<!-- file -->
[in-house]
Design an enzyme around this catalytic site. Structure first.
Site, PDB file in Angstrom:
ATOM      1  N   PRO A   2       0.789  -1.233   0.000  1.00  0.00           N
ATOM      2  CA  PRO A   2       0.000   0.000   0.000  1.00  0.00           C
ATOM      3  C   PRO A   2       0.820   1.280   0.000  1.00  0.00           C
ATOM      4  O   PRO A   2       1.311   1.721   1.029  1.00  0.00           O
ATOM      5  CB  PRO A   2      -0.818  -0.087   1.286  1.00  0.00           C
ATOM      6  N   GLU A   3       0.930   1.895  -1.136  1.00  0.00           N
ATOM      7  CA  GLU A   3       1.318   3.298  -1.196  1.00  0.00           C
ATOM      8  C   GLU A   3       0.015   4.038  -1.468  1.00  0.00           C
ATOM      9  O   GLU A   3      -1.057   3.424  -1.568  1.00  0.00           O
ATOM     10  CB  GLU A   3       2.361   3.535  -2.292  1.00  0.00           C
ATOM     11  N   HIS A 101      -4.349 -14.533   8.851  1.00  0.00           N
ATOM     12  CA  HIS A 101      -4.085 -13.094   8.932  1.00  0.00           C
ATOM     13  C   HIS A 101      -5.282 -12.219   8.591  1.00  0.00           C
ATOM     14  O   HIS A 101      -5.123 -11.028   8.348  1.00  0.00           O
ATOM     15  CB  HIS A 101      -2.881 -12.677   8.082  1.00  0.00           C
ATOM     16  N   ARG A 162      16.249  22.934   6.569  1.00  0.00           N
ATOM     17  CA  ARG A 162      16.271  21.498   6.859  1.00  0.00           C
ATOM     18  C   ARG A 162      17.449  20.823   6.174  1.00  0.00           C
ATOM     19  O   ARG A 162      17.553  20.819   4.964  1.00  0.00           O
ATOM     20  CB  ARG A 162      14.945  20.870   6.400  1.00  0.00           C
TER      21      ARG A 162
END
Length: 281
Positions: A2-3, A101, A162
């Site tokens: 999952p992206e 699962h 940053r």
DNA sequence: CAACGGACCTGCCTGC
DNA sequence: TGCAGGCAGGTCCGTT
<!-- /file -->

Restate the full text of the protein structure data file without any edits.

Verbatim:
[in-house]
Design an enzyme around this catalytic site. Structure first.
Site, PDB file in Angstrom:
ATOM      1  N   PRO A   2       0.789  -1.233   0.000  1.00  0.00           N
ATOM      2  CA  PRO A   2       0.000   0.000   0.000  1.00  0.00           C
ATOM      3  C   PRO A   2       0.820   1.280   0.000  1.00  0.00           C
ATOM      4  O   PRO A   2       1.311   1.721   1.029  1.00  0.00           O
ATOM      5  CB  PRO A   2      -0.818  -0.087   1.286  1.00  0.00           C
ATOM      6  N   GLU A   3       0.930   1.895  -1.136  1.00  0.00           N
ATOM      7  CA  GLU A   3       1.318   3.298  -1.196  1.00  0.00           C
ATOM      8  C   GLU A   3       0.015   4.038  -1.468  1.00  0.00           C
ATOM      9  O   GLU A   3      -1.057   3.424  -1.568  1.00  0.00           O
ATOM     10  CB  GLU A   3       2.361   3.535  -2.292  1.00  0.00           C
ATOM     11  N   HIS A 101      -4.349 -14.533   8.851  1.00  0.00           N
ATOM     12  CA  HIS A 101      -4.085 -13.094   8.932  1.00  0.00           C
ATOM     13  C   HIS A 101      -5.282 -12.219   8.591  1.00  0.00           C
ATOM     14  O   HIS A 101      -5.123 -11.028   8.348  1.00  0.00           O
ATOM     15  CB  HIS A 101      -2.881 -12.677   8.082  1.00  0.00           C
ATOM     16  N   ARG A 162      16.249  22.934   6.569  1.00  0.00           N
ATOM     17  CA  ARG A 162      16.271  21.498   6.859  1.00  0.00           C
ATOM     18  C   ARG A 162      17.449  20.823   6.174  1.00  0.00           C
ATOM     19  O   ARG A 162      17.553  20.819   4.964  1.00  0.00           O
ATOM     20  CB  ARG A 162      14.945  20.870   6.400  1.00  0.00           C
TER      21      ARG A 162
END
Length: 281
Positions: A2-3, A101, A162
């Site tokens: 999952p992206e 699962h 940053r």
DNA sequence: CAACGGACCTGCCTGC
DNA sequence: TGCAGGCAGGTCCGTT